Anniversary: Brian Eslinger and David Hertel

    Brian Eslinger and David Hertel retrace the 22 years from their first date rather succinctly: “We shared an umbrella, breakfast and the rest of our lives.”

    Though a couple for more than two decades, they waited to tie the knot until it was legal — as such, they’ll celebrate their fifth wedding anniversary April 28. They’re also celebrating another milestone: the fifth year of The Blackberry Inn, the bed and breakfast they own and operate in Watkins Glen, N.Y., in the Finger Lakes region.

    Though their relationship has taken them to several corners of the country, they met in Philadelphia in 1996, the “old-fashioned” way: through a personal ad in Philadelphia Gay News.

    Eslinger, who originally hails from northern New Jersey, worked at the Adam’s Mark Hotel at the time, and Hertel, a Philadelphia native, had recently moved to Phoenixville from the city. Both were looking to meet someone, outside the bar scene, and turned to PGN for such an opportunity.

    “He said he was looking for commitment, a relationship, and that really struck me,” Hertel, 48, recalled about reading Eslinger’s ad. “It’s nice to meet someone and know that you want something long-term and not just a hook-up, and that came through in Brian’s ad.”

    “I’m just a charming writer,” Eslinger, 58, laughed.

    They talked on the phone for about a month before making plans to meet up Columbus Day weekend.

    “At the time, there were no computers. You had to write to each other, you had to talk,” Eslinger said. “It wasn’t like today, where everything is instant, with pictures and cell phones.”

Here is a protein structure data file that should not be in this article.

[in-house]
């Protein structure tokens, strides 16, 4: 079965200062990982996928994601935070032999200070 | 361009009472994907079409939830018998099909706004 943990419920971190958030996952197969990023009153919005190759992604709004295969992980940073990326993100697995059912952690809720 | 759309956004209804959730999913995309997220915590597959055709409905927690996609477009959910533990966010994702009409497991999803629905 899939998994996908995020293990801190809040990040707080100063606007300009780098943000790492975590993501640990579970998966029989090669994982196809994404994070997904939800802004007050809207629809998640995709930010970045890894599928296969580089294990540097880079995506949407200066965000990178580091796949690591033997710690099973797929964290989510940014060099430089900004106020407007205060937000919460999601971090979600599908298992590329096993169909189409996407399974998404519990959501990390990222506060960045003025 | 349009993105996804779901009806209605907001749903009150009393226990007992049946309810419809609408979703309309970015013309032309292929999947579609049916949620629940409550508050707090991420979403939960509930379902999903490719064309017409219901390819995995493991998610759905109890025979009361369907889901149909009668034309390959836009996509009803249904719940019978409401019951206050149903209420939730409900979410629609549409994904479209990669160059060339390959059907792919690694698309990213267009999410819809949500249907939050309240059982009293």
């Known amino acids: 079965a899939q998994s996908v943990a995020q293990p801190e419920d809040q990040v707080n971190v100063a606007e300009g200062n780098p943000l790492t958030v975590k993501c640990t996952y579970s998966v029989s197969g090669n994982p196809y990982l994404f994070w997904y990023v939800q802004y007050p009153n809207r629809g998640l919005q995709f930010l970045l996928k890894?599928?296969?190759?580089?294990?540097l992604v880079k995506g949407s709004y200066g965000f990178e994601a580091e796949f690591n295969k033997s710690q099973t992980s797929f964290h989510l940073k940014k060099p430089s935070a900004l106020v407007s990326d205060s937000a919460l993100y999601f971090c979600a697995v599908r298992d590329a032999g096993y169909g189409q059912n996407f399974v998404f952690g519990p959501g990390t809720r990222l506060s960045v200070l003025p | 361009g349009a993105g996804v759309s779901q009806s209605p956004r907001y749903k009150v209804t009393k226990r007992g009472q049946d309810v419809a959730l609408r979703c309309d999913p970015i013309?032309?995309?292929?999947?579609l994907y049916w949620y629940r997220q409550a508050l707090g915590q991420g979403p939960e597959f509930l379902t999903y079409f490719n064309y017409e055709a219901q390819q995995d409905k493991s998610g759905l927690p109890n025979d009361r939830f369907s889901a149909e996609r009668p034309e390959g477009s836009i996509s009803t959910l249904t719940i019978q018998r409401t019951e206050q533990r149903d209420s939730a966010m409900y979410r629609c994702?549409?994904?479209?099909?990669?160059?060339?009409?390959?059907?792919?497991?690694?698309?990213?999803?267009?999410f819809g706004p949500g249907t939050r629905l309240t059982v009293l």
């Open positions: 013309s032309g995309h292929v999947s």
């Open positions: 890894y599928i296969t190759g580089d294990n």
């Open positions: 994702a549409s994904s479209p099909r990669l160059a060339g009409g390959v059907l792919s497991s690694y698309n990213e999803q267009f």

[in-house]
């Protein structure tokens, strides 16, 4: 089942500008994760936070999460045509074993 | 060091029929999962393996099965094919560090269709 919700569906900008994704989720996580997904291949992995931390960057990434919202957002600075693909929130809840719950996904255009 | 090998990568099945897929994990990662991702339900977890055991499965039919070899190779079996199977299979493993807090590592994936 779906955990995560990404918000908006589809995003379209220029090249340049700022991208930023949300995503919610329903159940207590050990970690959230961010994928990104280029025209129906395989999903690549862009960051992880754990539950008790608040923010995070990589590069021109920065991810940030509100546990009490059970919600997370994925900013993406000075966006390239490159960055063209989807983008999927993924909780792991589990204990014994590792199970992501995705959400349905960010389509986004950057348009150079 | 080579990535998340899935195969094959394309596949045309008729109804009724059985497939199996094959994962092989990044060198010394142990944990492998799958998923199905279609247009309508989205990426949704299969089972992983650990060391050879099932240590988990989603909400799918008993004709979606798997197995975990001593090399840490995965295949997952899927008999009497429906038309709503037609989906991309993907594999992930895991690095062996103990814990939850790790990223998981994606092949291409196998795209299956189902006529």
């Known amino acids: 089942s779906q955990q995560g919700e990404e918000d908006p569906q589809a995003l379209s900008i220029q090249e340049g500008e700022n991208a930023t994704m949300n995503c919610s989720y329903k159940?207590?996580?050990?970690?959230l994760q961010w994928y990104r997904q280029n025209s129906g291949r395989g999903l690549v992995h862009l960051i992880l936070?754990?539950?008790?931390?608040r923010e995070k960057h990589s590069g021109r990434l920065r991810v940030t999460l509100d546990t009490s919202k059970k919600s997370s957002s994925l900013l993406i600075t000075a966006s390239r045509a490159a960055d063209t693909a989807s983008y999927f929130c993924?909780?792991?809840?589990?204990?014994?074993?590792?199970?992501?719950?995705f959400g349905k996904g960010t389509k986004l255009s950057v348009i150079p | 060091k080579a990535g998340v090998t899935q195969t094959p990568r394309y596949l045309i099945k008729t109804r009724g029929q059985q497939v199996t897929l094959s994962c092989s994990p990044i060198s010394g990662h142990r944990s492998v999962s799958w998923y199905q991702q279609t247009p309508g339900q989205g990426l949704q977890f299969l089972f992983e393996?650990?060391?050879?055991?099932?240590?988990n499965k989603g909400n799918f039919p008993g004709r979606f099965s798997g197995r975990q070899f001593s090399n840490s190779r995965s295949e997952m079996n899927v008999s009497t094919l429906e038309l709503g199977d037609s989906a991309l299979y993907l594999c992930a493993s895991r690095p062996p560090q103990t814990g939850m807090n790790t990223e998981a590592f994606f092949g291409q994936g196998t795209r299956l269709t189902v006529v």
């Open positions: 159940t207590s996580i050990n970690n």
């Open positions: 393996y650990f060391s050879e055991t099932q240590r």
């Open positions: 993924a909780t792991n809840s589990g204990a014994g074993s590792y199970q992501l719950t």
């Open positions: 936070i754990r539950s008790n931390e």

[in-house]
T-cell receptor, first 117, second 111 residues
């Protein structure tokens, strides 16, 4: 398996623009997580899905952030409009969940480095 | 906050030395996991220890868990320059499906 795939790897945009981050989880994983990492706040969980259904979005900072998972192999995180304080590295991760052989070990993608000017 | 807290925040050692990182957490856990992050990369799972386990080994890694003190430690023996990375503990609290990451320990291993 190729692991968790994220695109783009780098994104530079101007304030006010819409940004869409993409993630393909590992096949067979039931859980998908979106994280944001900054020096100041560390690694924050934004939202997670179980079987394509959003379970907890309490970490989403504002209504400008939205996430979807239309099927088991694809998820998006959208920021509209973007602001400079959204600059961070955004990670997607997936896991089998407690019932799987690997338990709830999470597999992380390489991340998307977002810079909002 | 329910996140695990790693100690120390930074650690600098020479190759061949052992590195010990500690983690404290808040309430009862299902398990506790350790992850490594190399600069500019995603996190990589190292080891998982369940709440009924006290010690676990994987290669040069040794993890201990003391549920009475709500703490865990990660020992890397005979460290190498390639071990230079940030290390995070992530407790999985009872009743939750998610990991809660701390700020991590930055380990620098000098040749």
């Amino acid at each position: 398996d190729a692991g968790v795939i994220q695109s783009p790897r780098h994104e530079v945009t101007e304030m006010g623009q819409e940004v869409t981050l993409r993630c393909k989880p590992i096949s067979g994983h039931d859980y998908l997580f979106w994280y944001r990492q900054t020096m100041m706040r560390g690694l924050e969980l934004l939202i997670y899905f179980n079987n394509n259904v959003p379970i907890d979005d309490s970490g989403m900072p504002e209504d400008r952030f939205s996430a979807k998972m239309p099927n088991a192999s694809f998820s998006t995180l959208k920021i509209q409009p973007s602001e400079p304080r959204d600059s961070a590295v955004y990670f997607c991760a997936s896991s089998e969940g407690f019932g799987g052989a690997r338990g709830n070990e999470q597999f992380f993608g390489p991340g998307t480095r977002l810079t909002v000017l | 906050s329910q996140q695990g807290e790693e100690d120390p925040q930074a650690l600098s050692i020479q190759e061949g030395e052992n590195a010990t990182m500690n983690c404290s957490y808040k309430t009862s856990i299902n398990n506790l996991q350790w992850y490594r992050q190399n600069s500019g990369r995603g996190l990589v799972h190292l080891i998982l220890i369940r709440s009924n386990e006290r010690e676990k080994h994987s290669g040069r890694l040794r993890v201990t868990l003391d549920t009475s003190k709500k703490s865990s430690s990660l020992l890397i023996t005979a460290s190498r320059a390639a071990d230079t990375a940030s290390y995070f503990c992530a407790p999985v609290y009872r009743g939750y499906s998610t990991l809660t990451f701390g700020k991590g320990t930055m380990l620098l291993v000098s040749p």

Despite a serious storm almost derailing their first date, the two went through with it — and said the connection they first felt on the phone instantly deepened.

    “The minute I opened the door, there he was,” Eslinger said. “When you talk to someone for a month — and it wasn’t just ‘Hi, how are you?’ We would talk for a half-hour, an hour after work all the time — you’re already connected. I got to know him as a person but I had never seen him, so I opened the door and there he was in an LL Bean sweatshirt and it was raining horribly, but he just looked so adorable.”

    The men had breakfast at a diner on Locust Street, which stretched on for two-and-a-half hours.

    As their relationship progressed, they figured out ways to work around distance and work schedules: Hertel would stay with Eslinger at his Philadelphia apartment during the week, and Eslinger would spend weekends with Hertel in Phoenixville.

    “We joked that we had our city apartment and our country house,” Eslinger laughed.

    They moved in together in New Jersey and when a new job opportunity presented for Eslinger in Oklahoma, they prepared to make that move — on one condition.

    “I’m thinking, Oh my God, I left my job to move to New Jersey and now I’m going to have to leave that job, so I’m not doing it unless I have a ring on my finger,” Hertel recalled. It was 1998 — before the time of marriage equality, or even civil unions — so the couple traveled to Christopher Street in New York City and had a pair of Claddagh rings commissioned by a gay jeweler.

    “We made a commitment to one another to live our lives as one, as a married couple — no legal documents. It was just between David and I and God,” Eslinger said. “We made our commitment to never violate the integrity and dignity of who each other are.”